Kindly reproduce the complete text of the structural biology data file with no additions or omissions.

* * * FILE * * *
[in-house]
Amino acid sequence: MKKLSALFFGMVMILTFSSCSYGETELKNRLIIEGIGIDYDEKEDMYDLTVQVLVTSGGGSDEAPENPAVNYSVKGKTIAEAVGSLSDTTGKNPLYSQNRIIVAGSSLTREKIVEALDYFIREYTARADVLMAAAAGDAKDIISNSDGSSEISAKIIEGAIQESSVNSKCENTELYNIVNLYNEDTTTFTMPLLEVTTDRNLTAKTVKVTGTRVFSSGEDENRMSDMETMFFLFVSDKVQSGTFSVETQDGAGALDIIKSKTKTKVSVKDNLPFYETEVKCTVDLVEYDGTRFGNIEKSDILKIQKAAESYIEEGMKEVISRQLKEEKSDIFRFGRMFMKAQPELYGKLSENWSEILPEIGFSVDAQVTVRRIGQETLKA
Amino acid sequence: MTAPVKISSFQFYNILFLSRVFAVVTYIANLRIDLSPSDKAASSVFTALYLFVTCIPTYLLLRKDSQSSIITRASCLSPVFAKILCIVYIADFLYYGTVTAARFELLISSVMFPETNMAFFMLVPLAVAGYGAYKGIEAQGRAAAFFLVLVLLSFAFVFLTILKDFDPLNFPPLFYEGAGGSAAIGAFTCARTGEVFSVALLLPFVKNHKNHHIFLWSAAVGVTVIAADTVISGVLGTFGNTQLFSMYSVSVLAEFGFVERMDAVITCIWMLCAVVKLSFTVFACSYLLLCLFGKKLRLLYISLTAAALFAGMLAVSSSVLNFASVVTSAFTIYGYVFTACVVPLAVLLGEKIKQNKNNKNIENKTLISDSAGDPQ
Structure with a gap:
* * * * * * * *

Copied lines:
[in-house]
Amino acid sequence: MKKLSALFFGMVMILTFSSCSYGETELKNRLIIEGIGIDYDEKEDMYDLTVQVLVTSGGGSDEAPENPAVNYSVKGKTIAEAVGSLSDTTGKNPLYSQNRIIVAGSSLTREKIVEALDYFIREYTARADVLMAAAAGDAKDIISNSDGSSEISAKIIEGAIQESSVNSKCENTELYNIVNLYNEDTTTFTMPLLEVTTDRNLTAKTVKVTGTRVFSSGEDENRMSDMETMFFLFVSDKVQSGTFSVETQDGAGALDIIKSKTKTKVSVKDNLPFYETEVKCTVDLVEYDGTRFGNIEKSDILKIQKAAESYIEEGMKEVISRQLKEEKSDIFRFGRMFMKAQPELYGKLSENWSEILPEIGFSVDAQVTVRRIGQETLKA
Amino acid sequence: MTAPVKISSFQFYNILFLSRVFAVVTYIANLRIDLSPSDKAASSVFTALYLFVTCIPTYLLLRKDSQSSIITRASCLSPVFAKILCIVYIADFLYYGTVTAARFELLISSVMFPETNMAFFMLVPLAVAGYGAYKGIEAQGRAAAFFLVLVLLSFAFVFLTILKDFDPLNFPPLFYEGAGGSAAIGAFTCARTGEVFSVALLLPFVKNHKNHHIFLWSAAVGVTVIAADTVISGVLGTFGNTQLFSMYSVSVLAEFGFVERMDAVITCIWMLCAVVKLSFTVFACSYLLLCLFGKKLRLLYISLTAAALFAGMLAVSSSVLNFASVVTSAFTIYGYVFTACVVPLAVLLGEKIKQNKNNKNIENKTLISDSAGDPQ
Structure with a gap: